- The Washington Times - Friday, April 28, 2000

Staff Sgt. Ramon E. Martinez and Sgt. Sean Reeves stood at attention beneath a cold gray sky Thursday as the casket of a World War II veteran was lowered into the ground.

The midday service was the first of two funerals the soldiers would attend Thursday, and the latest of dozens this year. Sgt. Martinez and Sgt. Reeves are members of the Army's Fort Myer Old Guard, an Arlington, Va.-based unit that provides funeral services for the families of veterans.

With more World War II veterans dying and a new federal law requiring the armed services to provide military honors at veterans' funerals, honor guards are busier than ever.

"We were already meeting the minimum [level of service now required by law]… . There is an increase, but it's nothing we can't handle," said Capt. John Lamme, chief of casualty and mortuary affairs at Fort Myer.

"It is always an honor to conduct funeral services, because it's the golden rule," the captain said. "I say to the soldiers: 'Guys, if it were your husband or wife how would you want it to be?' "

Members of the Old Guard perform services for funerals in the District of Columbia, Arlington, Fairfax, Va., and Montgomery and Prince George's counties in Maryland.

"Being in the Old Guard, we hold ourselves to a higher standard when it comes to performing funerals… . It takes a lot of composure to stand there while families are crying," said Sgt. Martinez, 25.

There are more than 26 million aging American veterans, and the Department of Veterans Affairs predicts that more than 600,000 will die each year over the next decade.

The new law, which went into effect Jan. 1, requires the services to provide two uniformed representatives at least one from the deceased's military branch to fold and present the American flag to the next of kin. It also calls for taps to be played, by either a bugler or a high-quality CD recording.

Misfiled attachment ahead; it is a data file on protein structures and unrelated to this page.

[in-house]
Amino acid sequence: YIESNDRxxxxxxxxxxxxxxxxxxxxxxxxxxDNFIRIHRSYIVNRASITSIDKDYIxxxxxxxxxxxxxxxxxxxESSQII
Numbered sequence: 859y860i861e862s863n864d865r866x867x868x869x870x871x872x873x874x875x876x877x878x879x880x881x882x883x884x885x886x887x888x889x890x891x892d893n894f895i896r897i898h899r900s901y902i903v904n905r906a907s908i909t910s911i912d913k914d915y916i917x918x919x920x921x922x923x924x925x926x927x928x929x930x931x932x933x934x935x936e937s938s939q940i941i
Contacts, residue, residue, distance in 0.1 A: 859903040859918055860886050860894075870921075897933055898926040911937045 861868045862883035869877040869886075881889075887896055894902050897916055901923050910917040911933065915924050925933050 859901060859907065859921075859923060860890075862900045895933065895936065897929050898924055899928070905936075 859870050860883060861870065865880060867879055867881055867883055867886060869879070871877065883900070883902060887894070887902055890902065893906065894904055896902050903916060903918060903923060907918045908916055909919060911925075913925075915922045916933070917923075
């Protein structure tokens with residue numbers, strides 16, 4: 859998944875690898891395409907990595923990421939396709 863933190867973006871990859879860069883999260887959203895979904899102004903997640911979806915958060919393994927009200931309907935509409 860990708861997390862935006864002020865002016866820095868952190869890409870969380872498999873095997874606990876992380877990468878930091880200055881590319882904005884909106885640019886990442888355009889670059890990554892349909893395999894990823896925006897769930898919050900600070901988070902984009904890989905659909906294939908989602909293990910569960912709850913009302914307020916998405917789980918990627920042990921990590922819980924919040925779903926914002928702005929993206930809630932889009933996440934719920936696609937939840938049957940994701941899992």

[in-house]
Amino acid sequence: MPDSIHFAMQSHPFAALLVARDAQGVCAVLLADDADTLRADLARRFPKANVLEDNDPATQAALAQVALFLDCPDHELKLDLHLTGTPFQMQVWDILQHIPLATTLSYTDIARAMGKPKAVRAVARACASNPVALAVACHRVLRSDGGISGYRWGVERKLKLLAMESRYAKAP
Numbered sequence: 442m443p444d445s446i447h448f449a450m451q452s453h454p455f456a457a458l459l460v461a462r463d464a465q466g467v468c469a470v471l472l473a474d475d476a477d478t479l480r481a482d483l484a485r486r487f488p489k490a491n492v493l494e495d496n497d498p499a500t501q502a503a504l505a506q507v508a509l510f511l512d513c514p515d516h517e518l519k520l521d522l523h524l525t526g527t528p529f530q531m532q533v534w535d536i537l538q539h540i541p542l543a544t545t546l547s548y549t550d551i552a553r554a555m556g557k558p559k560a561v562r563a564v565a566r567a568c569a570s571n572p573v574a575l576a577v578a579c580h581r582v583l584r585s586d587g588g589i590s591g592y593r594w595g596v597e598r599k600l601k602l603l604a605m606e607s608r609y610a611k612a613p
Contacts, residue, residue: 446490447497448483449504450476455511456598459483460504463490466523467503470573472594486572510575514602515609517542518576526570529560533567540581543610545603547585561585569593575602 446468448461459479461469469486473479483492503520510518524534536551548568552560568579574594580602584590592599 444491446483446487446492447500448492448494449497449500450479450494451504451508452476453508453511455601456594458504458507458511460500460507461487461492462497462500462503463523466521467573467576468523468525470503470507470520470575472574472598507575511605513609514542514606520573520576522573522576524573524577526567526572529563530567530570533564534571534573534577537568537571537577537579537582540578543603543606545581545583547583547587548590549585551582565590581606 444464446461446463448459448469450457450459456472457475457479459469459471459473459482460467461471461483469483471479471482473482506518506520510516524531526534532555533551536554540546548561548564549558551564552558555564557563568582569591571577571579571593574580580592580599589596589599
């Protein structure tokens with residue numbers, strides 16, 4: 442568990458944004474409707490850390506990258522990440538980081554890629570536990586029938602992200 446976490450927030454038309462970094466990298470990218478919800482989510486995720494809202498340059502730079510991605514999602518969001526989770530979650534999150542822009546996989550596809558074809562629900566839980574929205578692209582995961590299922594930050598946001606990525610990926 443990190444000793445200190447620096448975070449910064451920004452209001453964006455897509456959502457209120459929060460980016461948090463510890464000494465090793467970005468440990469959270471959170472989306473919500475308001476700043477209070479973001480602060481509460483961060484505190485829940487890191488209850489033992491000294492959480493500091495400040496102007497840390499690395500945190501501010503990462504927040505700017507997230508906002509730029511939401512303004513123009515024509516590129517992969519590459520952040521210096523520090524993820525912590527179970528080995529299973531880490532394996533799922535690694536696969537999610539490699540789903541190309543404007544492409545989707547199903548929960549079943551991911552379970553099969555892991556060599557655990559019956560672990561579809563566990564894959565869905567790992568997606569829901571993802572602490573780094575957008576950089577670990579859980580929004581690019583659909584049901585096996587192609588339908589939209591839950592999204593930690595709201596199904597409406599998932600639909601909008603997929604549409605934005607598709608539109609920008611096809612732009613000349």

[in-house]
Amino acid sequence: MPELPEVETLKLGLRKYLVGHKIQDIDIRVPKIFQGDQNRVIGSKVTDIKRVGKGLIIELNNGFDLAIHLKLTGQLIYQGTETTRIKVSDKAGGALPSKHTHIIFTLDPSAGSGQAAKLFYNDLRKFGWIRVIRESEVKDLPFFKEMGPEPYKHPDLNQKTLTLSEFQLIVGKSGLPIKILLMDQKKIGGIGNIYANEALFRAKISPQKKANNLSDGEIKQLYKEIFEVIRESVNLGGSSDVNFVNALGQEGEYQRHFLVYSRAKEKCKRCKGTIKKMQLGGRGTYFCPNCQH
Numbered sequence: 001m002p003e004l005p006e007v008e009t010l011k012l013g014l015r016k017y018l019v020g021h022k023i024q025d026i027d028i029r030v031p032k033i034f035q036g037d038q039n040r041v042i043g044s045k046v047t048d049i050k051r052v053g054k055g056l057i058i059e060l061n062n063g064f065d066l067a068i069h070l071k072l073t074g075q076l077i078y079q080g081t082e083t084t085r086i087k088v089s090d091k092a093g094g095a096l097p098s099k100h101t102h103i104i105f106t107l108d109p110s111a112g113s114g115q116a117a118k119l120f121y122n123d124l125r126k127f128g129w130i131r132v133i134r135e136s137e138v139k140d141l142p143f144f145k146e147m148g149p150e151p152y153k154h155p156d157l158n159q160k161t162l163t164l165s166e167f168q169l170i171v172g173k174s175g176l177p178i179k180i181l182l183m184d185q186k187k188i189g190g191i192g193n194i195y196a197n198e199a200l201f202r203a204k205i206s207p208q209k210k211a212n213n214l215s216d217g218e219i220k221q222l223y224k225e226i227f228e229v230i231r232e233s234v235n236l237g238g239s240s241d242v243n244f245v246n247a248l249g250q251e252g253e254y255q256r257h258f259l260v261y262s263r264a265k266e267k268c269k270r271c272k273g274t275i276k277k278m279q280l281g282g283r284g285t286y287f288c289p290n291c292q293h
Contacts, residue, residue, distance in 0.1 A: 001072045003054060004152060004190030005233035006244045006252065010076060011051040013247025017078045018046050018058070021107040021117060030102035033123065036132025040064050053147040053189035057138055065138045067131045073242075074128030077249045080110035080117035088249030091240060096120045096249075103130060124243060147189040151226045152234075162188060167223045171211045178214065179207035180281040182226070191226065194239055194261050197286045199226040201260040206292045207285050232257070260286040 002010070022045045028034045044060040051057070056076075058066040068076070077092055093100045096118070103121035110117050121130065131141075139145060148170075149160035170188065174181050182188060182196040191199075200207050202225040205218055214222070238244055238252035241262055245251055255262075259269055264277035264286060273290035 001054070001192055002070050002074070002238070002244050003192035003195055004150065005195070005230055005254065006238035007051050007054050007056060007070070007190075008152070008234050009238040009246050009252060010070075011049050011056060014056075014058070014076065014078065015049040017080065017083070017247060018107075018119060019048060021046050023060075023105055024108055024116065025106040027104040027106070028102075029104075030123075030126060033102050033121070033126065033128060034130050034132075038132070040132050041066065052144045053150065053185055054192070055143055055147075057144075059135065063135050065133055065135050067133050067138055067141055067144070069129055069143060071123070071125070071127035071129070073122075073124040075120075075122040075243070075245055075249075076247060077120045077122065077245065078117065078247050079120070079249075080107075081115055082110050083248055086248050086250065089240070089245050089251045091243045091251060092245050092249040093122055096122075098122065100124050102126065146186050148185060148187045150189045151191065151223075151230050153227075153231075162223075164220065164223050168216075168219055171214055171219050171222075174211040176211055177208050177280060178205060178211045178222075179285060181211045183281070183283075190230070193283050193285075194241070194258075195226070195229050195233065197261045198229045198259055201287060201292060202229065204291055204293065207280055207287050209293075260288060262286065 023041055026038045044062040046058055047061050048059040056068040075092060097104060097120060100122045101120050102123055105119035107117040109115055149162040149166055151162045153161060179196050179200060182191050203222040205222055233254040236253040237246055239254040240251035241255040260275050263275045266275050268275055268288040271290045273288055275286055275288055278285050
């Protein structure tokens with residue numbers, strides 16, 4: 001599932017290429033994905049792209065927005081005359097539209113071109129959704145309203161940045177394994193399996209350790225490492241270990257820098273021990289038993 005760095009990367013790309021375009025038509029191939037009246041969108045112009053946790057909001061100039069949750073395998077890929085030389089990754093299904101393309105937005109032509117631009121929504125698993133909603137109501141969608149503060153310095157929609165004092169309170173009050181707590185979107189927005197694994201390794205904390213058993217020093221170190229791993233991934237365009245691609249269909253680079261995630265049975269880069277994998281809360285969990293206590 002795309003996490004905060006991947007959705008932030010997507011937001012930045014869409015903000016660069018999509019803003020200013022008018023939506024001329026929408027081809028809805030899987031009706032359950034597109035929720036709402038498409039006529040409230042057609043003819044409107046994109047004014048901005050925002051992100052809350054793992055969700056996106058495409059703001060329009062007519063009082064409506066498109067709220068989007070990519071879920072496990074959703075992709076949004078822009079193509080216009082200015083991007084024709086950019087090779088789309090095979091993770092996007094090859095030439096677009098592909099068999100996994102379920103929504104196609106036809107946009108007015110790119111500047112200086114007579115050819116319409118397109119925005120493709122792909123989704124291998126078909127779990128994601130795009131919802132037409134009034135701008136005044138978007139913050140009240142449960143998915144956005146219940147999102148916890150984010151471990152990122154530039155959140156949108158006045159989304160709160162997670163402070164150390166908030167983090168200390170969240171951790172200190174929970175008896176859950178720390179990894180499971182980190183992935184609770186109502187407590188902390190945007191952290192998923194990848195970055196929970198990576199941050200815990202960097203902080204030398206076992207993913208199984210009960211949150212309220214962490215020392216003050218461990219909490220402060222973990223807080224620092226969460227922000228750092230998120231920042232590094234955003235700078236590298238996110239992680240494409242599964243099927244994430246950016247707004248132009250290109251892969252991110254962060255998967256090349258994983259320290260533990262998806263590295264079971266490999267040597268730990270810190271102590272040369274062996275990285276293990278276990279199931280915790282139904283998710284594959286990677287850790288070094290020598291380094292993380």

The new requirements have the Old Guard unit busier than usual.

The four-man team is averaging about 60 ceremonies a month, according to Sgt. Martinez.

That's up dramatically from last winter, he said.

Rich Lane, a public affairs officer for Maryland's Fort Meade, a smaller base, said that base has conducted close to 99 funerals since January, nearly 40 more than last year an increase of 68 percent.

A full honors ceremony is given to retirees, people who die on active duty and Medal of Honor winners. The ceremony involves six pallbearers who also take part in a firing party; a seven-person rifle team firing a three-round volley of 21 shots; a flag folding and presentation; and taps.

Any soldier who meets the criteria of being honorably discharged after six months is eligible to receive the minimum level of service.

On Thursday, at Harmony Memorial Park in Landover, Md., the two soldiers from Fort Myer arrived early and double checked their preparations.

Despite their best efforts, the portable stereo faltered during taps. Sgt. Martinez and Sgt. Reeves, 24, remained composed and focused, delivering a solemn salute, greeting the funeral procession and stepping in unison to the grave site.

At the end of the ceremony, the two men folded the U.S. flag draping the coffin and presented it to a grieving son.

"It's an unwritten rule, you try not to make eye contact with families until you give them the flag," said Sgt. Martinez. "This is our job, we can't get emotionally attached."

Sgt. Martinez said a couple of times he has presented the flag to family members or friends who do not want to take the flag.

"I think it's because they are so emotional, they can't get over the fact that the soldier is gone," he said.

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